It has been reported that people with a large body surface area have almost three times the risk of atrial fibrillation.
That's according to research presented at EuroPrevent 2017 - the annual congress of the European Association of Preventive Cardiology (EAPC).
Professor Annika Rosengren, professor of internal medicine at Sahlgrenska Academy at the University of Gothenburg, Sweden, said: "We found that bigger women have a greater risk of atrial fibrillation. There was a stepwise elevation in risk with increasing body size. The group with the highest body surface area had nearly three times the risk as those with the lowest BSA."
The study assessed 1.5 million women over 30 years - aged 28 years on average.
"Our research has previously shown that a large body size at age 20, and weight gain from age 20 to midlife, both independently increased the risk of atrial fibrillation in men. In this study, we investigated the impact of body size on atrial fibrillation risk in women." said Annika.
Data on weight early in pregnancy, height, age, diabetes, hypertension and smoking were obtained from the Swedish Medical Birth Registry. Information on atrial fibrillation causing hospitalisation was collected from the Swedish Inpatient Registry.
For the research, the participants were divided into four groups according to their BSA: 0.97-1.16 m2, 1.61-1.71m2, 1.71-1.82m2 and 1.82-3.02m2.
During the 30 year investigation, over 7000 women were hospitalised with atrial fibrillation - the average age of hospitalisation was 49 years.
Women grouped in the second, third and fourth (i.e. the highest) quartile had a 1.16, 1.55 and 2.61 times increased risk of developing atrial fibrillation, compared to women in the first and lowest quartile with a BSA reading of 0.97 - 1.16m2.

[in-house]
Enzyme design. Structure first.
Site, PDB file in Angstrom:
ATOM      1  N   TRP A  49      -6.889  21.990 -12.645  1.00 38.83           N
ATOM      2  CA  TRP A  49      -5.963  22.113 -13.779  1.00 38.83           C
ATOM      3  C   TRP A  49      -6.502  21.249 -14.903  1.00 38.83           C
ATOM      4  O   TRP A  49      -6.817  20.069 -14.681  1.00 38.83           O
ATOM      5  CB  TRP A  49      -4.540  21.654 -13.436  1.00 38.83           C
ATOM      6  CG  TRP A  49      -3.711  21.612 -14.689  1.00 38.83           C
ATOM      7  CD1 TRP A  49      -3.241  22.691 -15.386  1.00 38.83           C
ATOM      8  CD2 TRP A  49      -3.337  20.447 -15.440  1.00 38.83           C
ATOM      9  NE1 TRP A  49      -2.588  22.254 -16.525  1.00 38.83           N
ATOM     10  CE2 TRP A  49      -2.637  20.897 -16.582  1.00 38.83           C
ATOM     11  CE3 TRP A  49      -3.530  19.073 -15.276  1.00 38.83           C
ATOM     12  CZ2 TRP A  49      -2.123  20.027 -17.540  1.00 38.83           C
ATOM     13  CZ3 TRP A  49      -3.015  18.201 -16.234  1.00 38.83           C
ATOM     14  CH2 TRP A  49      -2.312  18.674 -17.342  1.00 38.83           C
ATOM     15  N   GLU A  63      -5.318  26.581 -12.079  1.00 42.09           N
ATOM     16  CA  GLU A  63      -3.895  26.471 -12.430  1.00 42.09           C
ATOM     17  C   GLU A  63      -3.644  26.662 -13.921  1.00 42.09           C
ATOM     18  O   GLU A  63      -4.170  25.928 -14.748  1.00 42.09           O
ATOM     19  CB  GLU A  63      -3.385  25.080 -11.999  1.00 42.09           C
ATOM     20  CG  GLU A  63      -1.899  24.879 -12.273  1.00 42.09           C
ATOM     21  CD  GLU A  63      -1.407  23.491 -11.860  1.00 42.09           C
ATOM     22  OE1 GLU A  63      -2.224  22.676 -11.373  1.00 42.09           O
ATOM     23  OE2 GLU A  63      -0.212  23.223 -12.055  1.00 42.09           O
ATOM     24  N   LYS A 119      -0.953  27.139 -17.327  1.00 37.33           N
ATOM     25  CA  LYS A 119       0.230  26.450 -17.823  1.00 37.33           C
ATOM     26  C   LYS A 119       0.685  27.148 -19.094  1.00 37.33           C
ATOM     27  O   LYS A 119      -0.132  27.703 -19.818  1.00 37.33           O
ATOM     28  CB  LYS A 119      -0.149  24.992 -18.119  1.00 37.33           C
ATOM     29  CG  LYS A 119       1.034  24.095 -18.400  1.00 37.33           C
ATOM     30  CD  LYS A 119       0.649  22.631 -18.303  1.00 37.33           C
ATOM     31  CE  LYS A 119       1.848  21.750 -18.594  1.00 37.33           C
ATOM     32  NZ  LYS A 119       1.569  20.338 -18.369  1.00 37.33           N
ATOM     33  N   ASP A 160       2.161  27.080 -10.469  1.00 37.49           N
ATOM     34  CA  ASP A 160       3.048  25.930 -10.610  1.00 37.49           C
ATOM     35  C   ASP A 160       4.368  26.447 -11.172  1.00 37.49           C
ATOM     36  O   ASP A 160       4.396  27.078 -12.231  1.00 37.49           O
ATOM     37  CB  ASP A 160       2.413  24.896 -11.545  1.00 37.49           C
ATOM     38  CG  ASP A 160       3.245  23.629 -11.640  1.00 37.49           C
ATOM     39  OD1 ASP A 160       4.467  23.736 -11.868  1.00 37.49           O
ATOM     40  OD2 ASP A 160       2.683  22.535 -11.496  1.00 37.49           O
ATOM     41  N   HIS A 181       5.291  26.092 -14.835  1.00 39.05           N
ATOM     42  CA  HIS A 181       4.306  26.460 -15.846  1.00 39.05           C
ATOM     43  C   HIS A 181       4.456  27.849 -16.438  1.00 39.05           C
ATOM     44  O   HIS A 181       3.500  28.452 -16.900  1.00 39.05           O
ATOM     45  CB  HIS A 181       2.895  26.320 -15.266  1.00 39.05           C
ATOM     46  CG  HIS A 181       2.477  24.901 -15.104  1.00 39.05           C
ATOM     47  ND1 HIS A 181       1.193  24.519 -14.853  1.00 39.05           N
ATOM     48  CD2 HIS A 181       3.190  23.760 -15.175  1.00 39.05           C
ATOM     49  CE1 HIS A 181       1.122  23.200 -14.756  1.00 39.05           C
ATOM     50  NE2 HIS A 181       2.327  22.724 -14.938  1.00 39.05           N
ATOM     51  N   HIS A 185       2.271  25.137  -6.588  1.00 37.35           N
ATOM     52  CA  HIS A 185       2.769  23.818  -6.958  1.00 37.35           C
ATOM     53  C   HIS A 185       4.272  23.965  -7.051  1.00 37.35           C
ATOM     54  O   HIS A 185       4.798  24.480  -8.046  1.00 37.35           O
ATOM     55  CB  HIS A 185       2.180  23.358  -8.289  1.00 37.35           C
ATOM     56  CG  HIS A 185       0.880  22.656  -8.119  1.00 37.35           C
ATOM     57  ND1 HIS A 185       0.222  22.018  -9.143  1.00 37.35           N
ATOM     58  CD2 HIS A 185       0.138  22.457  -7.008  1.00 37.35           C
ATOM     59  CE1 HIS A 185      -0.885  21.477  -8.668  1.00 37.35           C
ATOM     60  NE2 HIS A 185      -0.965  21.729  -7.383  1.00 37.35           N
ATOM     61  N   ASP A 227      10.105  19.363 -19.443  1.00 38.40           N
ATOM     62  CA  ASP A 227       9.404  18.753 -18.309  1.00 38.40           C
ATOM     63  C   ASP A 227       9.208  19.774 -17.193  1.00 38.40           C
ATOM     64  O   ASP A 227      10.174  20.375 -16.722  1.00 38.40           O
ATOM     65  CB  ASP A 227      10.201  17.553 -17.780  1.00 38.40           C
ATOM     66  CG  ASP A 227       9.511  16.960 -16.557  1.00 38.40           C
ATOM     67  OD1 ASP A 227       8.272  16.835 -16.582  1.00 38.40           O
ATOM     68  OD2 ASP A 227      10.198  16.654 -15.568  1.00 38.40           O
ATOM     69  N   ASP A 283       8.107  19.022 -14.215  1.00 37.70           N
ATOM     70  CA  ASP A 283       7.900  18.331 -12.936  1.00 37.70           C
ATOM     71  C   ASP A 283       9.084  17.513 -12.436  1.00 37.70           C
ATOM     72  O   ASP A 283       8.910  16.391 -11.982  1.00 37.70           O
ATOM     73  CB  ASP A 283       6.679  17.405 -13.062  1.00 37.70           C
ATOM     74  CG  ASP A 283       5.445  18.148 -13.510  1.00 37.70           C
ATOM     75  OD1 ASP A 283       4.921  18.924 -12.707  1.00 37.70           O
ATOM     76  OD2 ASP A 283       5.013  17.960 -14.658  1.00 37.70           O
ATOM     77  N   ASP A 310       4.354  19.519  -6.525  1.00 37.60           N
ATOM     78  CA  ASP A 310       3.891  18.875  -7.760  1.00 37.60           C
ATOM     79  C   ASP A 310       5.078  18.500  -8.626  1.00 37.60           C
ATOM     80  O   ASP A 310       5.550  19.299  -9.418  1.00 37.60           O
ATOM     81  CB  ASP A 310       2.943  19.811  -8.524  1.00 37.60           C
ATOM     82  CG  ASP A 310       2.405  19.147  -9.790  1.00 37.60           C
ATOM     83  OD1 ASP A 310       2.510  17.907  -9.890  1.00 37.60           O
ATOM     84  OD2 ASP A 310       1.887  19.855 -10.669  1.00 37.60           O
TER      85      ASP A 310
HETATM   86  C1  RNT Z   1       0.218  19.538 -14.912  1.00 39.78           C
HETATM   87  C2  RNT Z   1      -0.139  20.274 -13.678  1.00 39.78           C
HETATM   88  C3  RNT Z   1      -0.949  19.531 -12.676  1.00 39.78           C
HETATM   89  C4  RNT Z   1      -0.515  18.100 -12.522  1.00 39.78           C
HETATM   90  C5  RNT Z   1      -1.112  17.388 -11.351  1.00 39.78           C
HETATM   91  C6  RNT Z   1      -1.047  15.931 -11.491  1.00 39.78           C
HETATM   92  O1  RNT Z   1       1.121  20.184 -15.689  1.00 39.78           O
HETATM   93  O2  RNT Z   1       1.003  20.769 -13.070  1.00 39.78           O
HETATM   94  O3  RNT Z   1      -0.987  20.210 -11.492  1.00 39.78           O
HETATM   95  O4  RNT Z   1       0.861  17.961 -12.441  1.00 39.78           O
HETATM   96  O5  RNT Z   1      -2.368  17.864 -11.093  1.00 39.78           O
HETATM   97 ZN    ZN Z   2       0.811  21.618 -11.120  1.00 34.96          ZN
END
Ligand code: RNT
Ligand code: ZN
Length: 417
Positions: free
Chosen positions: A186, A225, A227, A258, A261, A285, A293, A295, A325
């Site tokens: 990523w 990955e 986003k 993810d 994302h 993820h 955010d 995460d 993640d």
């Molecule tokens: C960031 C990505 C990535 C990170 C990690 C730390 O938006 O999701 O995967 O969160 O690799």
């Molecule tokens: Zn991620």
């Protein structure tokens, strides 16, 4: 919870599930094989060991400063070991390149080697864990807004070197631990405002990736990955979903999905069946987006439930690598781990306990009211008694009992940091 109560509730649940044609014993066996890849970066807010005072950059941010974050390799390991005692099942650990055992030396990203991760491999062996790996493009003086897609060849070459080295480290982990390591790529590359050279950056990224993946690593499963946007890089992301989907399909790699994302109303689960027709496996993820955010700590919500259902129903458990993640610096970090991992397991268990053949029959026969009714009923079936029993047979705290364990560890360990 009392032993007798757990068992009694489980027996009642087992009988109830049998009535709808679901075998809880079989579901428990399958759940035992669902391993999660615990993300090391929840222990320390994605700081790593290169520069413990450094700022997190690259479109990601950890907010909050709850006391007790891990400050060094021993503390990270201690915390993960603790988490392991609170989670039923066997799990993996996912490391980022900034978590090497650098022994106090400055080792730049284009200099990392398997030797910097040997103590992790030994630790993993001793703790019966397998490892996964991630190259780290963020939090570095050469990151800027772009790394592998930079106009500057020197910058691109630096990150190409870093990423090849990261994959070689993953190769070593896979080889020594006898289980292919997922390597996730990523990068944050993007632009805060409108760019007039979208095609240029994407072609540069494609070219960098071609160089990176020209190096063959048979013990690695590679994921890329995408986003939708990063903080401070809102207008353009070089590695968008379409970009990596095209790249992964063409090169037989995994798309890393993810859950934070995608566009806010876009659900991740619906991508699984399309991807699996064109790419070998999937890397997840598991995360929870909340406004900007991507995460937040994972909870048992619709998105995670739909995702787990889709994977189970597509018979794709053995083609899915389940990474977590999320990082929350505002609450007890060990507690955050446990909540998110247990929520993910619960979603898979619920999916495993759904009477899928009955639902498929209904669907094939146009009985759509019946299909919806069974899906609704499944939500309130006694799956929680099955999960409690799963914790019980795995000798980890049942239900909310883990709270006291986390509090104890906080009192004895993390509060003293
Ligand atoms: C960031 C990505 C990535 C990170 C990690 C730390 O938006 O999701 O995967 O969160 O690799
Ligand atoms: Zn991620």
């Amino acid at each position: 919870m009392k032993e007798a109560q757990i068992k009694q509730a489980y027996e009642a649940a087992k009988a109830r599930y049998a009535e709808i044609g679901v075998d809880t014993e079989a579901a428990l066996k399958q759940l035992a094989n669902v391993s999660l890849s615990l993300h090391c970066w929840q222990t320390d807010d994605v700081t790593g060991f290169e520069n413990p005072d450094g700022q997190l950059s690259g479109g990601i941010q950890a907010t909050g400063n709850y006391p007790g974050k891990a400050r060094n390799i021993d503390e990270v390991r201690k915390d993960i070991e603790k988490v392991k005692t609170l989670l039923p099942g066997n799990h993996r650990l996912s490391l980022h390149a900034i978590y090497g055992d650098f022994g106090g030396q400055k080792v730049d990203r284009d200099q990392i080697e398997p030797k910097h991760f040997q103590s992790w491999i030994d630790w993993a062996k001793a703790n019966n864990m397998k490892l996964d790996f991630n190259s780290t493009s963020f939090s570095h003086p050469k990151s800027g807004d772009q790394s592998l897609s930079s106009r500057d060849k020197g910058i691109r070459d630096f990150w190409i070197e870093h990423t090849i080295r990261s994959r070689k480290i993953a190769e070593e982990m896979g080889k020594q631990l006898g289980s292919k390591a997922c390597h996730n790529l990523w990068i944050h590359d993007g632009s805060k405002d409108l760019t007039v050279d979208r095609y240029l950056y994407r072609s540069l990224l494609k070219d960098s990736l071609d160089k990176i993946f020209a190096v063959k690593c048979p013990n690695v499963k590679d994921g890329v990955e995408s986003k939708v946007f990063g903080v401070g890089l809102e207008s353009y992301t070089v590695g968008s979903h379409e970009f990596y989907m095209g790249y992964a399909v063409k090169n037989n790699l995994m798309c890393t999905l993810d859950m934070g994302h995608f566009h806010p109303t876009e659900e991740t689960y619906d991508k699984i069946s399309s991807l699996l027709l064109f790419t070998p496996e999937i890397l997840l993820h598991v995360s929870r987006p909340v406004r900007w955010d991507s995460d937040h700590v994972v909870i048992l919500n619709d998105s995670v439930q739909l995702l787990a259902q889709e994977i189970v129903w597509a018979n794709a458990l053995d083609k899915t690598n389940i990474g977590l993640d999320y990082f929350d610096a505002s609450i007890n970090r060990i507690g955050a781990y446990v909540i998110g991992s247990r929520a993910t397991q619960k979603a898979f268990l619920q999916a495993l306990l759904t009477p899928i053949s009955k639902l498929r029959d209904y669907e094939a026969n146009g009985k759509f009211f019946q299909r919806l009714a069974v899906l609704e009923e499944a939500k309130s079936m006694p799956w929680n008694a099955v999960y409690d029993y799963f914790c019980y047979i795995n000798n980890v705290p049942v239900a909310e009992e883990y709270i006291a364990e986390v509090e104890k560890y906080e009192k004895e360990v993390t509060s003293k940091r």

The results also showed a correlation between weight, height and BMI to BSA. Women with the highest BSA in the study, compared to those with the lowest BSA were approximately 9cm taller, 28kg heavier and had a higher BMI (at 28kg/m2 opposed to 21kg/m2).
Atrial fibrillation carries a 20% lifetime risk and increases the risk of stroke and heart failure mostly affecting people aged 60+.
Annika said: "Atrial fibrillation is the result of obesity-related metabolic changes but there is also a second cause. Big people - not necessarily fat, but big - have a larger atrium, which is where atrial fibrillation comes from. People with a bigger atrium have a higher risk of atrial fibrillation.
"Generally it's better to be tall because you have less risk of stroke and heart attack, and better survival.
"Taller people are often better educated, have higher socioeconomic status, and may have received better nutrition at a young age and in the womb. But in this case being tall is less desirable because it alters the structure of the heart in a way that may be conducive to atrial fibrillation.
"In general young women need not worry about their risks of atrial fibrillation, whatever their body size. For older women and men being big could be an indicator that you are at increased risk."
She concluded, "If you are very tall, I think that it could be a good idea to avoid accumulating excess weight. That would apply to both men and women."
How a Marsden scale can help
You can calculate Body Surface Area, as well as weight and BMI to assess risk of atrial fibrillation with Marsden's new entry level scales range are the first weighing scales to include a BSA function.
The Marsden M-125 is a column scale with a 250kg capacity. The base is fitted with wheels for easy transportation between rooms. There's also an optional height measure.
The Marsden M-225 is a chair scale which can be used for patients who are unable to stand, and can be used to transport the patient as well as weigh them. The scale features hinged armrests, footrests and brakes for safety and comfort.
The Marsden M-545 is a floor scale for GP surgeries and clinics. For portability, an optional carry case is available to transport the scale to wherever it is needed.
For more information about any of our scales and the new Body Surface Area function, call 01709 364296 or contact us here.